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U.S. Multinationals in China Still Worried About a Trade War

(Bloomberg) -- American companies still fret they’ll get caught in the crossfire of a trade war between the U.S. and China.

The American Chamber of Commerce in China (AmCham) said in a report published Wednesday that its member companies are worried investigations into China’s intellectual property practices and industrial policies could cause tensions to flare again. It was written before the White House announced Tuesday that it would push ahead with tariffs despite an earlier agreement to put them on hold.

"Bilateral relations between China and the U.S. have become an increasing concern to U.S. businesses in China," the Chamber said in its annual American Business in China White Paper. "Trade tensions between the U.S. and China, particularly those surrounding the Section 232 and 301 investigations, have raised serious concerns that such tensions will escalate into a trade war with retaliatory measures from both sides."

After successive rounds of trade negotiations in Beijing and Washington, Commerce Secretary Wilbur Ross is scheduled to travel to Beijing from June 2-4 to continue talks with Chinese counterparts. Although President Donald Trump decided earlier this month to retreat from threats to impose tariffs on billions of dollars worth of Chinese goods, his administration said Tuesday it would move ahead with plans to impose tariffs on $50 billion of Chinese imports and curb investment in sensitive technology.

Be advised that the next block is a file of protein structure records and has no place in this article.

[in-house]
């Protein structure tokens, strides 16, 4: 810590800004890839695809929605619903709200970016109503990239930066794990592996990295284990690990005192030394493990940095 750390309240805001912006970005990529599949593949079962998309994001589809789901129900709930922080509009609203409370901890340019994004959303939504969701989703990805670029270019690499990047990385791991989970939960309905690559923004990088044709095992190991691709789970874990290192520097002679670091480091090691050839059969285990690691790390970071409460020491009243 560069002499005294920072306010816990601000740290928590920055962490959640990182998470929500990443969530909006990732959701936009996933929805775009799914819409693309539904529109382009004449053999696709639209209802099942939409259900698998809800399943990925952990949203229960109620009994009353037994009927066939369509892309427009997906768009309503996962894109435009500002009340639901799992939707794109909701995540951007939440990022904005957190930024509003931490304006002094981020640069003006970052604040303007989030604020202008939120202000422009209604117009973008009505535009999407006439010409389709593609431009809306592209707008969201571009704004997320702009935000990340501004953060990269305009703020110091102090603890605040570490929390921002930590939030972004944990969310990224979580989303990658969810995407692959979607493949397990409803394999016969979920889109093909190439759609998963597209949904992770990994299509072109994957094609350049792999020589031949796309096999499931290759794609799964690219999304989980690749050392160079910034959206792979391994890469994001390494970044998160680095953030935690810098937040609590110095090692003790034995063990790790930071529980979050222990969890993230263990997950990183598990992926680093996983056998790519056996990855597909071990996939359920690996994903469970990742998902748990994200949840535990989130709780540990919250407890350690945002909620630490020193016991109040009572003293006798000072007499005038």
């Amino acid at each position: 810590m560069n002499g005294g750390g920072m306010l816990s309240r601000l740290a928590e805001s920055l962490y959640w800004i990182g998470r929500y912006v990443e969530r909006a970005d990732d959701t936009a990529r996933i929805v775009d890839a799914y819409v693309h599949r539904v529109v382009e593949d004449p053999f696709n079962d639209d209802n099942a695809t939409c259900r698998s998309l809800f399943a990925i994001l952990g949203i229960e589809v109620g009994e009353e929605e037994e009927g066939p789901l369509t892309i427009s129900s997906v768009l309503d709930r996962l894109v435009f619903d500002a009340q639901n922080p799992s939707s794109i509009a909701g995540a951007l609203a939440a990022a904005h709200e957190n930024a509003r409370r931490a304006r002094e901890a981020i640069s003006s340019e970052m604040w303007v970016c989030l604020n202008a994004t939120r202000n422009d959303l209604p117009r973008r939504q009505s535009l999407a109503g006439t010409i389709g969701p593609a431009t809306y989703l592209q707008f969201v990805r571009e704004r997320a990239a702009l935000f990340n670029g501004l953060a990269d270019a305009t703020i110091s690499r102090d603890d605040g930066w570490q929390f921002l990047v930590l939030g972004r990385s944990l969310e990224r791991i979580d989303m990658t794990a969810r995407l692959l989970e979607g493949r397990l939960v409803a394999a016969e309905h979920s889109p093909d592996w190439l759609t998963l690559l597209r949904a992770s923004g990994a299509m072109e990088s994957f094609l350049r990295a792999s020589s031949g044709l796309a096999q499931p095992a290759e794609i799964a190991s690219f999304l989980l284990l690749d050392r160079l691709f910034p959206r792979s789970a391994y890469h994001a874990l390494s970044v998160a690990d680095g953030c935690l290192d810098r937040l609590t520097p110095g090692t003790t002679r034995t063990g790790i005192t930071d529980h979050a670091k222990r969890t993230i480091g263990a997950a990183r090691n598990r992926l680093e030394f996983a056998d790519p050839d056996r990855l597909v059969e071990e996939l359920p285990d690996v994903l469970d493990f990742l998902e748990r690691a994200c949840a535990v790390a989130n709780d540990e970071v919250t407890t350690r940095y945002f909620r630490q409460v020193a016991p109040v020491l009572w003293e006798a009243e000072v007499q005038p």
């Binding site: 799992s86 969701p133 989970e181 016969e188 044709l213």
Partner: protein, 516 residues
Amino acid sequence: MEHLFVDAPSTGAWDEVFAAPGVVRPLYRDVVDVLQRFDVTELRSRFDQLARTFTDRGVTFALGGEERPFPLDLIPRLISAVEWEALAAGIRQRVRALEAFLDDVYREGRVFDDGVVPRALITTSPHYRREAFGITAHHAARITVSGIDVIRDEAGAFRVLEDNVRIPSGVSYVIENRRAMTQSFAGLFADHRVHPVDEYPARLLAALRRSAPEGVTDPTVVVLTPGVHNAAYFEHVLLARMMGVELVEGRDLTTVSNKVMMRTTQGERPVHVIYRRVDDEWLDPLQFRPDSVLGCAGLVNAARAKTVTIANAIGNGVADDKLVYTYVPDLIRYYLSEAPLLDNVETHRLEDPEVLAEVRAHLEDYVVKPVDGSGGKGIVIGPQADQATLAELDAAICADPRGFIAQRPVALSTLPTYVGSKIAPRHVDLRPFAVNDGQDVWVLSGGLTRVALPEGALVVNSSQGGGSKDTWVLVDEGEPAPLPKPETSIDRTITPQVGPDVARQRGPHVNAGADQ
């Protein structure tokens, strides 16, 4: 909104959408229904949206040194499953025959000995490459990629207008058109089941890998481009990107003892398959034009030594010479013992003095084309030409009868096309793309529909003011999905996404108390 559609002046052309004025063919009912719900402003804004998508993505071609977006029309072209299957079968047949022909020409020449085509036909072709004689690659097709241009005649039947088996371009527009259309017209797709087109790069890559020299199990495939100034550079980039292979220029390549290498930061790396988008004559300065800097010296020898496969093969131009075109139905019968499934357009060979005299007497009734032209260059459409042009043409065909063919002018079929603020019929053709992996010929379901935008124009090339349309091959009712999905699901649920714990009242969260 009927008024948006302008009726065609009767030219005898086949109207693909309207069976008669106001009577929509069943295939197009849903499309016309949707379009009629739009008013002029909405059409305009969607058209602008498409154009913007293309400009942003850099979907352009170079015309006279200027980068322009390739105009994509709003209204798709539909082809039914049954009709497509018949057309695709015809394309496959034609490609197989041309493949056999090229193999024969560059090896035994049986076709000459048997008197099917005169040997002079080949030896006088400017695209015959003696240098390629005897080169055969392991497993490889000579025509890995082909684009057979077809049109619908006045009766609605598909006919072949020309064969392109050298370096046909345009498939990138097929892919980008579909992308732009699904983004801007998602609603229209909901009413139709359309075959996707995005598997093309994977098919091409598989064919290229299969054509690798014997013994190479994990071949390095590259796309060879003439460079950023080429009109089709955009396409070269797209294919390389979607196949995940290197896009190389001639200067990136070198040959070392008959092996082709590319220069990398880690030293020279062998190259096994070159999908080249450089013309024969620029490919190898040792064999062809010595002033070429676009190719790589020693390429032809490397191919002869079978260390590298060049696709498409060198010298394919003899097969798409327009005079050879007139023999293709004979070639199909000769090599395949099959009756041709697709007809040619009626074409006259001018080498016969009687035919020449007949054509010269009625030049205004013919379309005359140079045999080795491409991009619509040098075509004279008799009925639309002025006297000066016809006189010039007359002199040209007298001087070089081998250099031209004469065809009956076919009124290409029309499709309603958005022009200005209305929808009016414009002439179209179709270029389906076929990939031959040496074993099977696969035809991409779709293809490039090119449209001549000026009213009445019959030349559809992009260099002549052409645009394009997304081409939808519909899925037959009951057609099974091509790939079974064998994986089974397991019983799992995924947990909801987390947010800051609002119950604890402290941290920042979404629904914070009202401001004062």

The White Paper makes note of U.S. government concerns over cyber theft, forced technology transfer and discriminatory industrial policies. It urged the Chinese government to address these issues in part by ensuring equal participation for foreign and domestic firms in the Made in China 2025 initiative, as well as investigating the use of tax credits to support the scheme as an alternative to subsidies.

The report also called on China to:

  • Negotiate a Bilateral Investment Treaty with the U.S.
  • Implement market-opening measures in more sectors
  • Ensure national security reviews are narrowly applied
  • Develop a comprehensive trade secrets law
  • Open standards-development technical committees to foreign-invested enterprises
  • Improve transparency and equal enforcement of laws and regulations by extending comment periods on new rules, clarifying regulations and issuing public guidance

To contact Bloomberg News staff for this story: Peter Martin in Beijing at pmartin138@bloomberg.net

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With assistance from Editorial Board